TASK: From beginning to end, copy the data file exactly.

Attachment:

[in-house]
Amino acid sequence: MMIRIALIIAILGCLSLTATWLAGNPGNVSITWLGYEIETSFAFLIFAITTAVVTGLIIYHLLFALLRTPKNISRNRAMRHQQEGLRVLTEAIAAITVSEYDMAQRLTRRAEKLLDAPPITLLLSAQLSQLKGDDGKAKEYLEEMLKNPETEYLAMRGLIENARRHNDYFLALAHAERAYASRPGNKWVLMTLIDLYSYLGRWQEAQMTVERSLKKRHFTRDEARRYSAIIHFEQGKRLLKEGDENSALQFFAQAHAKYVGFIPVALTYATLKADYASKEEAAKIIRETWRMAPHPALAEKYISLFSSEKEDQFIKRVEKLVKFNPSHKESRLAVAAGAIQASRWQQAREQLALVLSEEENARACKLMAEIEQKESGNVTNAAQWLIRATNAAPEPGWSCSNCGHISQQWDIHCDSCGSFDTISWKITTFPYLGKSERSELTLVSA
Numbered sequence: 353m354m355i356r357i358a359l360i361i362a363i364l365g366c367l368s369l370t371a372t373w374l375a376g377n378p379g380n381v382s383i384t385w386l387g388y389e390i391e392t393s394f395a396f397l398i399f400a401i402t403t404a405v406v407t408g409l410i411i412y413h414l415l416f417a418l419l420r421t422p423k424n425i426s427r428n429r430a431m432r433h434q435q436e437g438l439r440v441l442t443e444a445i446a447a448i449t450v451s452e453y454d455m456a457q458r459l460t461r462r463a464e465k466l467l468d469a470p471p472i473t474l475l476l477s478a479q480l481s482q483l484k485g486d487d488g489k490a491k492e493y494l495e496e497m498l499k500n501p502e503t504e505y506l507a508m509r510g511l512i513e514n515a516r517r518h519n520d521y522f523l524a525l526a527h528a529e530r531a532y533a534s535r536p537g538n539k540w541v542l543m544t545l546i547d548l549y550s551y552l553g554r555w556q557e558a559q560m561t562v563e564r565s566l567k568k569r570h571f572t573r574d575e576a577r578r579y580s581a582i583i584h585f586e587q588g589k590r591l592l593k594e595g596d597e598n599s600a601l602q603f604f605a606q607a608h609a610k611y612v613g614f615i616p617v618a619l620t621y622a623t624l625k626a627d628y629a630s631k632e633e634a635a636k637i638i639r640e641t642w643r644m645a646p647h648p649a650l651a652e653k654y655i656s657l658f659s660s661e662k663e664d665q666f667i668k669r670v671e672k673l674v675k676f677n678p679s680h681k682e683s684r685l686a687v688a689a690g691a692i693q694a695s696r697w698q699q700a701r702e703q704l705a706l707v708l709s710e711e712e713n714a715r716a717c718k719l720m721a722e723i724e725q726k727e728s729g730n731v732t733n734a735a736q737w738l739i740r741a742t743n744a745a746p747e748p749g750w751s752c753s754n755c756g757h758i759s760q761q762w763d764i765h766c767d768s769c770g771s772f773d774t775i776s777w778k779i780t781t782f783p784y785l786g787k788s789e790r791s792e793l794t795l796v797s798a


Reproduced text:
[in-house]
Amino acid sequence: MMIRIALIIAILGCLSLTATWLAGNPGNVSITWLGYEIETSFAFLIFAITTAVVTGLIIYHLLFALLRTPKNISRNRAMRHQQEGLRVLTEAIAAITVSEYDMAQRLTRRAEKLLDAPPITLLLSAQLSQLKGDDGKAKEYLEEMLKNPETEYLAMRGLIENARRHNDYFLALAHAERAYASRPGNKWVLMTLIDLYSYLGRWQEAQMTVERSLKKRHFTRDEARRYSAIIHFEQGKRLLKEGDENSALQFFAQAHAKYVGFIPVALTYATLKADYASKEEAAKIIRETWRMAPHPALAEKYISLFSSEKEDQFIKRVEKLVKFNPSHKESRLAVAAGAIQASRWQQAREQLALVLSEEENARACKLMAEIEQKESGNVTNAAQWLIRATNAAPEPGWSCSNCGHISQQWDIHCDSCGSFDTISWKITTFPYLGKSERSELTLVSA
Numbered sequence: 353m354m355i356r357i358a359l360i361i362a363i364l365g366c367l368s369l370t371a372t373w374l375a376g377n378p379g380n381v382s383i384t385w386l387g388y389e390i391e392t393s394f395a396f397l398i399f400a401i402t403t404a405v406v407t408g409l410i411i412y413h414l415l416f417a418l419l420r421t422p423k424n425i426s427r428n429r430a431m432r433h434q435q436e437g438l439r440v441l442t443e444a445i446a447a448i449t450v451s452e453y454d455m456a457q458r459l460t461r462r463a464e465k466l467l468d469a470p471p472i473t474l475l476l477s478a479q480l481s482q483l484k485g486d487d488g489k490a491k492e493y494l495e496e497m498l499k500n501p502e503t504e505y506l507a508m509r510g511l512i513e514n515a516r517r518h519n520d521y522f523l524a525l526a527h528a529e530r531a532y533a534s535r536p537g538n539k540w541v542l543m544t545l546i547d548l549y550s551y552l553g554r555w556q557e558a559q560m561t562v563e564r565s566l567k568k569r570h571f572t573r574d575e576a577r578r579y580s581a582i583i584h585f586e587q588g589k590r591l592l593k594e595g596d597e598n599s600a601l602q603f604f605a606q607a608h609a610k611y612v613g614f615i616p617v618a619l620t621y622a623t624l625k626a627d628y629a630s631k632e633e634a635a636k637i638i639r640e641t642w643r644m645a646p647h648p649a650l651a652e653k654y655i656s657l658f659s660s661e662k663e664d665q666f667i668k669r670v671e672k673l674v675k676f677n678p679s680h681k682e683s684r685l686a687v688a689a690g691a692i693q694a695s696r697w698q699q700a701r702e703q704l705a706l707v708l709s710e711e712e713n714a715r716a717c718k719l720m721a722e723i724e725q726k727e728s729g730n731v732t733n734a735a736q737w738l739i740r741a742t743n744a745a746p747e748p749g750w751s752c753s754n755c756g757h758i759s760q761q762w763d764i765h766c767d768s769c770g771s772f773d774t775i776s777w778k779i780t781t782f783p784y785l786g787k788s789e790r791s792e793l794t795l796v797s798a